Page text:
(Jan 30): Billionaire Gautam Adani’s 413-page attempt to restore confidence in his business empire is falling flat with investors, as stock-market losses deepen and key dollar bonds sink to fresh lows.
Shares of most Adani firms slumped on Monday despite the group’s lengthy weekend rebuttal to allegations from Hindenburg Research that the Indian conglomerate used a web of companies in tax havens to inflate revenue and stock prices, even as debt piled up. The three-day selloff has now erased more than US$68 billion of market value, amid a share sale by Adani’s flagship that was meant to underline the tycoon’s ascension on the global stage.
While the Adani Group has portrayed Hindenburg’s allegations as baseless and an attack against India itself, the saga is reviving longstanding investor concerns about the conglomerate’s corporate governance. It also threatens to weaken broader confidence in India, until recently a top investment destination for Wall Street, and accelerate a nascent shift toward a reopening China.
“Not sure if Adani’s rebuttal is enough to assuage investor concerns. Just because things are disclosed and known, does not make them right,” said Brian Freitas, an analyst at Smartkarma. “How does a group that big, explain no analyst coverage and no mutual fund holdings?”
Hindenburg published a report last week, accusing the Adani group of “brazen” market manipulation and accounting fraud. The wide-ranging allegations of purported corporate malpractice spoke of a web of Adani-family controlled offshore shell entities in tax havens, from the Caribbean, Mauritius and the United Arab Emirates.
Hindenburg said it had taken a short position in Adani’s companies through US-traded bonds and non-Indian-traded derivative instruments. Here’s some of their main allegations:
- Identified 38 Mauritius shell entities controlled by Adani’s brother, Vinod Adani, or his close associates plus entities controlled by him in other tax havens.
- The offshore shell network seems to be used for earnings manipulation.
- Adani Group has previously been the focus of four major government investigations relating to allegations of fraud.
- Adani Enterprises and Adani Total Gas Ltd appear to be audited by a tiny firm, with no current website, only four partners and 11 employees, and which has audited just one other listed firm.
- The auditor “hardly seems capable of complex audit work” when Adani Enterprises alone has 156 subsidiaries and many more joint ventures.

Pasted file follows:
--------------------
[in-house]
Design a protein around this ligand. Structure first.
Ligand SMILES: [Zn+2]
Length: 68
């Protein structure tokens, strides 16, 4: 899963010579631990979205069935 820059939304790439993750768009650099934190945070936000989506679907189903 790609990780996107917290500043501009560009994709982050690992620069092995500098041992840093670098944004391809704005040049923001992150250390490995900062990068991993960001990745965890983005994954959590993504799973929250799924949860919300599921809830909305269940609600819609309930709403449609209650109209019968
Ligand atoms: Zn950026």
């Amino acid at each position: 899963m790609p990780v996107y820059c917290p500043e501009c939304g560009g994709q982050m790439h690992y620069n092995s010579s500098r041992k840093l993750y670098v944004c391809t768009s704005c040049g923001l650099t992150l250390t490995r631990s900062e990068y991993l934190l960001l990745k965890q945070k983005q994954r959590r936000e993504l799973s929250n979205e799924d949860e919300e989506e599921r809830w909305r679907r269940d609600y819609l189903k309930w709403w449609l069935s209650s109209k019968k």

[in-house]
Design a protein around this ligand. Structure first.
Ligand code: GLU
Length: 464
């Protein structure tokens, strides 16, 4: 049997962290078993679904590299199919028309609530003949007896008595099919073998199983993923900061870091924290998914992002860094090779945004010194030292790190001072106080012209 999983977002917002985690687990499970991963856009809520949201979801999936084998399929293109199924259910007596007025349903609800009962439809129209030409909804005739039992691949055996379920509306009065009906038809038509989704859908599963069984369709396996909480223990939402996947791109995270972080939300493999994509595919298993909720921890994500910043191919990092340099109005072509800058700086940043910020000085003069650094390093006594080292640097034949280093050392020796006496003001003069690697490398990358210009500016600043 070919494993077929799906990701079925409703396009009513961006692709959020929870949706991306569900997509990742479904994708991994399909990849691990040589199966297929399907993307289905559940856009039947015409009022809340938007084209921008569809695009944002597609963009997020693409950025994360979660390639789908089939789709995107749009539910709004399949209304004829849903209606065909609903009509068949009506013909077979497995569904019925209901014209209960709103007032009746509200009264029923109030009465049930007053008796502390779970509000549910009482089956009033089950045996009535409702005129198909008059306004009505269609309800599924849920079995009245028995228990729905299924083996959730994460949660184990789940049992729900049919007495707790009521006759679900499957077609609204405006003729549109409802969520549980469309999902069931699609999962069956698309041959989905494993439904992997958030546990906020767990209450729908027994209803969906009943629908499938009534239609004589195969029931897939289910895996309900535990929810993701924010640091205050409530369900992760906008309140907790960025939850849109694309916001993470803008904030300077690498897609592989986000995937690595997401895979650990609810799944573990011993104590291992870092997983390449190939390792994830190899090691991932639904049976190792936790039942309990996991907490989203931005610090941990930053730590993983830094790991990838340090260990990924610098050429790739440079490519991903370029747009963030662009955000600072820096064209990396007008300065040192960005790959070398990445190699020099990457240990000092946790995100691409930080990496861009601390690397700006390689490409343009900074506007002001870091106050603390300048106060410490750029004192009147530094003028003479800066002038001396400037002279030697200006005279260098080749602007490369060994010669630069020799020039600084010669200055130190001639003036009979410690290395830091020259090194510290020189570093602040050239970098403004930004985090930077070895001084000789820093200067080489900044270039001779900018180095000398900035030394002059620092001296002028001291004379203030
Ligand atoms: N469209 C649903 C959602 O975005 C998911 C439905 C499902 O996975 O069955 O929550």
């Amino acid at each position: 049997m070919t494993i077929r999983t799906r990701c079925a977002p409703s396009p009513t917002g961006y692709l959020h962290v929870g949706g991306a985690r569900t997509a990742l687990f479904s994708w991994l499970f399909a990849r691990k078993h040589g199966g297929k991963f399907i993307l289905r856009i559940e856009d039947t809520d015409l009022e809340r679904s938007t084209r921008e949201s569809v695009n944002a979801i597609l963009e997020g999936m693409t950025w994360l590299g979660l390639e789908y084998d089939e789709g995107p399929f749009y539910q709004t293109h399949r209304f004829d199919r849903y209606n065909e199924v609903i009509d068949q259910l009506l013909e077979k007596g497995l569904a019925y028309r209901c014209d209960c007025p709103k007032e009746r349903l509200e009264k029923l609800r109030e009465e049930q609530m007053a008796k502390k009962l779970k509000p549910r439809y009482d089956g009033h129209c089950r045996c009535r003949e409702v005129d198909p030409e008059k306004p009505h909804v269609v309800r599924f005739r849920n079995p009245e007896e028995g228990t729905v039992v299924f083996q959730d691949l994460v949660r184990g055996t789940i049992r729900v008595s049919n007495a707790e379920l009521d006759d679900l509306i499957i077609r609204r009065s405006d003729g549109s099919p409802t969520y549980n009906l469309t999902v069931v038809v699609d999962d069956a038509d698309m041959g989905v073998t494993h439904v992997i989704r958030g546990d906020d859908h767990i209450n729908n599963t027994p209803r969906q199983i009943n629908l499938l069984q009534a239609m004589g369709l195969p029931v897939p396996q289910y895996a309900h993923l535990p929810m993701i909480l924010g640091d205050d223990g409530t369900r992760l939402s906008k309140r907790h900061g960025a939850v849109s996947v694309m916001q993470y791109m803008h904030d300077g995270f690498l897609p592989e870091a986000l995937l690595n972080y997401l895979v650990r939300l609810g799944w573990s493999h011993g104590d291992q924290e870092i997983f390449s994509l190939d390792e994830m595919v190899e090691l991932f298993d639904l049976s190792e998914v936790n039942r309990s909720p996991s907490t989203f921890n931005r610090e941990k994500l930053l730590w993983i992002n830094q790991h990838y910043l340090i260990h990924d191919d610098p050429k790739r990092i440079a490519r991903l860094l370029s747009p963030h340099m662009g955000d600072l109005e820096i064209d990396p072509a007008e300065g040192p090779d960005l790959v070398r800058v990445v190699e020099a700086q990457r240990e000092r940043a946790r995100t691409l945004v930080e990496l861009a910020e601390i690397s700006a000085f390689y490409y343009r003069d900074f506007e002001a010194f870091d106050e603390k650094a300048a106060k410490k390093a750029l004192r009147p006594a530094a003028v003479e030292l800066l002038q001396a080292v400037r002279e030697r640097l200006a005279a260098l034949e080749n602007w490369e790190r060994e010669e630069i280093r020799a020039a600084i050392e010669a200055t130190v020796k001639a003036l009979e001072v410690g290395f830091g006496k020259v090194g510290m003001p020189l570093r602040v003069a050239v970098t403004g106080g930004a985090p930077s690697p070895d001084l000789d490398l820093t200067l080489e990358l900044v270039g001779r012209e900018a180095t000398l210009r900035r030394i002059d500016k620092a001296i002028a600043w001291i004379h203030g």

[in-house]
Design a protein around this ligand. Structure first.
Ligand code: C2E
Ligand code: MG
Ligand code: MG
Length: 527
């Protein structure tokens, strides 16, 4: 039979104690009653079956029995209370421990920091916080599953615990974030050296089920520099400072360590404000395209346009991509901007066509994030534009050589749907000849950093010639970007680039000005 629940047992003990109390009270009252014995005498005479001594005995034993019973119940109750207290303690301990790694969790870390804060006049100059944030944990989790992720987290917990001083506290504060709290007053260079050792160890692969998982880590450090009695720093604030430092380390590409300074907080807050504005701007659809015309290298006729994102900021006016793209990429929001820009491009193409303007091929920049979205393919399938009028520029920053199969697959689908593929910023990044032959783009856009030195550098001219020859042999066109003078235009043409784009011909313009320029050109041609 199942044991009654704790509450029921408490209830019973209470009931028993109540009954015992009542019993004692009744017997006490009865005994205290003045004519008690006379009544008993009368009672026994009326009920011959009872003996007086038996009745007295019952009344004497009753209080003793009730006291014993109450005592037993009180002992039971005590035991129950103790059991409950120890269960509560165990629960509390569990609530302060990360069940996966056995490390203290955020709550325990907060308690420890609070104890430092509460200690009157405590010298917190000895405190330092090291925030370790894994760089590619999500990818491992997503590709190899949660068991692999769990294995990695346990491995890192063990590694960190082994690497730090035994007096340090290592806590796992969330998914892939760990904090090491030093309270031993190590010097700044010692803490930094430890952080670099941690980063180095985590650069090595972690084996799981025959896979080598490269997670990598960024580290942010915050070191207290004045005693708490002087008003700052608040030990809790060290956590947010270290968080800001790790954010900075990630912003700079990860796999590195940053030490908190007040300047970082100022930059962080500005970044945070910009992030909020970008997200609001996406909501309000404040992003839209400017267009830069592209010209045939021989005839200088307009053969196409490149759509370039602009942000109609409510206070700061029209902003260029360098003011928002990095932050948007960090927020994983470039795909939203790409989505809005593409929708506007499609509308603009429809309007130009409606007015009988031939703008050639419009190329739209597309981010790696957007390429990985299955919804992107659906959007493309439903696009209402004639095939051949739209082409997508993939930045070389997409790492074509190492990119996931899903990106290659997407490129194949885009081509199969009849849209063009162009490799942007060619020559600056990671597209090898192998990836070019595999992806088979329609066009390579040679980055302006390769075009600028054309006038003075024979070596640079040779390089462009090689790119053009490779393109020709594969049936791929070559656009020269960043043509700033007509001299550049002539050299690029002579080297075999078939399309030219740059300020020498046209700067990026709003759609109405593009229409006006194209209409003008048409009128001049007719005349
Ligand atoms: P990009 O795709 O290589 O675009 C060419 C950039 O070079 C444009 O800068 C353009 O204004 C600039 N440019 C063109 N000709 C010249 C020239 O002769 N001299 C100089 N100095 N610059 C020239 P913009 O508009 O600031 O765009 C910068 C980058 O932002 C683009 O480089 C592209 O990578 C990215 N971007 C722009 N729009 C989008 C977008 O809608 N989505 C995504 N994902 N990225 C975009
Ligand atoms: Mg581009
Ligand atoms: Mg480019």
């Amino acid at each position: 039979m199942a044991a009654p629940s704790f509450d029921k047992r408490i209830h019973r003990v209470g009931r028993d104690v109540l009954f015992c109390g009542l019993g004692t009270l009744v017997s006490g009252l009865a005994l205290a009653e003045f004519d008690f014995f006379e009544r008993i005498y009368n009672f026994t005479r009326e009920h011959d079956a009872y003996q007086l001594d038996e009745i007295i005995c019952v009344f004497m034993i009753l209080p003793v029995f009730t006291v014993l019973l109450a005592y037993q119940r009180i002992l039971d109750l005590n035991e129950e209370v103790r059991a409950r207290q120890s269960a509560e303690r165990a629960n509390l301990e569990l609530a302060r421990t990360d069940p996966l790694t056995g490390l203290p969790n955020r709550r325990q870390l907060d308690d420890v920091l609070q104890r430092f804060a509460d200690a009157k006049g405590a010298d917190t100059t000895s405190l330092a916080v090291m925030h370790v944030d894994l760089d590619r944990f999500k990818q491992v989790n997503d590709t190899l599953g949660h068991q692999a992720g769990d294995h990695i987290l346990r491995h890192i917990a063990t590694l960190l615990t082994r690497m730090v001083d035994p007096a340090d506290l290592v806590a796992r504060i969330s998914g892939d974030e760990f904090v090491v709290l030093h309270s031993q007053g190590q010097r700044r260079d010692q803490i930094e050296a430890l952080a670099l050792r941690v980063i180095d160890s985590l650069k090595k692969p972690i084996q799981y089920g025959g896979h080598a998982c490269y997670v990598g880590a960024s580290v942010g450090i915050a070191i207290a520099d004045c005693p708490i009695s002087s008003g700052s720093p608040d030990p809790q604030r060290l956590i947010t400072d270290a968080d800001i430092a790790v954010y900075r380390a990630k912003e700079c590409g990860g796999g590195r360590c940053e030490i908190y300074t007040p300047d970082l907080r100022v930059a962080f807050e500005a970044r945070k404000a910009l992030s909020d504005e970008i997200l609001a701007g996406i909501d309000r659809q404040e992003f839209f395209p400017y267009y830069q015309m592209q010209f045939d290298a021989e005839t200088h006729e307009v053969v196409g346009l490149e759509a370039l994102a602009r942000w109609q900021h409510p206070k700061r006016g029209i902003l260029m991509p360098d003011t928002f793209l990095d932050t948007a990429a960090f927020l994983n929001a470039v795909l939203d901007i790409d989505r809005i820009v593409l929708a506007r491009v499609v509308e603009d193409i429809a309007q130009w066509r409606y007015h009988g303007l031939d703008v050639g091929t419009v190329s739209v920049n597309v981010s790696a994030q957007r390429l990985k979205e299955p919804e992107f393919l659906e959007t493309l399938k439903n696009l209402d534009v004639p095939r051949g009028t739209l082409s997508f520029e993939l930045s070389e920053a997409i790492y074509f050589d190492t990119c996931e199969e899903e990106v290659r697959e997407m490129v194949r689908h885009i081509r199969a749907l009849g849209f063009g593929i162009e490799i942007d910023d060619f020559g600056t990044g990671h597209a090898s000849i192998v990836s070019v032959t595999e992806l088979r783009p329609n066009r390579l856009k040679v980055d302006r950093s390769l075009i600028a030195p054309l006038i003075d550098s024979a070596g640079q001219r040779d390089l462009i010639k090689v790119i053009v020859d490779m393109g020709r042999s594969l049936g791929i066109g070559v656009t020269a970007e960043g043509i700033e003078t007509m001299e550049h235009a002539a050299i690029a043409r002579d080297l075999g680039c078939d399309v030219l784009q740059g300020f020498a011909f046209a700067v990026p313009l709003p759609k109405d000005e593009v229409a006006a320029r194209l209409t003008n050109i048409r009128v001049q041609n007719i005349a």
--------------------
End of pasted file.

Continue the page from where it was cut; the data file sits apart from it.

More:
In its rebuttal published on Sunday, Adani said that some 65 of the 88 questions raised by Hindenburg have been addressed in the conglomerate’s public disclosures, describing the short seller’s conduct as “nothing short of a calculated securities fraud under applicable law”. The group reiterated that it will “exercise our rights to pursue remedies to safeguard our stakeholders before all appropriate authorities”.
Hindenburg then said Adani’s rebuttal ignored all of its key allegations and was “obfuscated by nationalism”. The conglomerate’s statement failed to specifically answer 62 of Hindenburg’s 88 questions, the short seller said on Monday, and conflated the company’s “meteoric rise” and the wealth of Asia’s richest man “with the success of India itself”.
Adani’s stocks were some of the best performers last year, not just in the local market but also on the broader MSCI Asia Pacific Index.
The selloff that began last week broadly continued on Monday, with Adani Total Gas Ltd and Adani Green Energy Ltd down as much as 20%. The flagship Adani Enterprises traded volatile, briefly erasing an early gain of as much as 10% before closing up 4.8%.
Still, Adani Enterprises’ shares remain below the floor price set for the follow-on equity sale. The company is seeking to raise 200 billion rupees (US$2.5 billion).
Overall subscription for the share offer by Adani Enterprises, which closes on Tuesday, was at just 2% as of 16:27 p.m. in Mumbai on Monday. Retail investors had bid for 4% of the shares on offer to them, while the company’s employees bid for 12% of the shares for their category. The non-institutional part that includes wealthy individuals had been taken up 1%. Institutional investors bid for 4,576 shares, a fraction of the 12.8 million on offer.
While investors in Indian public offerings typically wait until the last day of the sale to place bids, concerns have risen that Hindenburg’s report will hurt sentiment.
There will be no change to the pricing of the additional share sale and it will proceed as scheduled, Adani Group CFO Jugeshinder Singh told news channel CNBC TV 18 in an interview.
‘Turn for Worse’
Meanwhile, a decline in the dollar bonds of the Adani Group companies quickened on Monday. Adani Ports & Special Economic Zone Ltd’s 2027 note dropped five cents, Bloomberg-compiled data show.
Several bonds issued by group companies, including the 2032 note of Adani Ports and Special Economic Zone Ltd, have dropped below the 70-cents-on-the-dollar mark, typically considered distressed.
Hindenburg Research’s attack on the Adani Group has also sparked a flurry of bets in the options markets, with a wide divide between those behind the short seller and others predicting a rebound in the shares.
Open interest — a measure of outstanding positions in call and put options — surged as some investors sought protection against the wild swings in the group’s shares.
“The risk-reward for Indian markets has just taken a turn for the worse,” said Charu Chanana, a strategist at Saxo Capital Markets. “Foreign investor confidence has been dented and will take time to repair, so I would be rather cautious. India anyway started this year trading at a premium to other EMs, and the Adani saga has once again questioned whether that is justified.”
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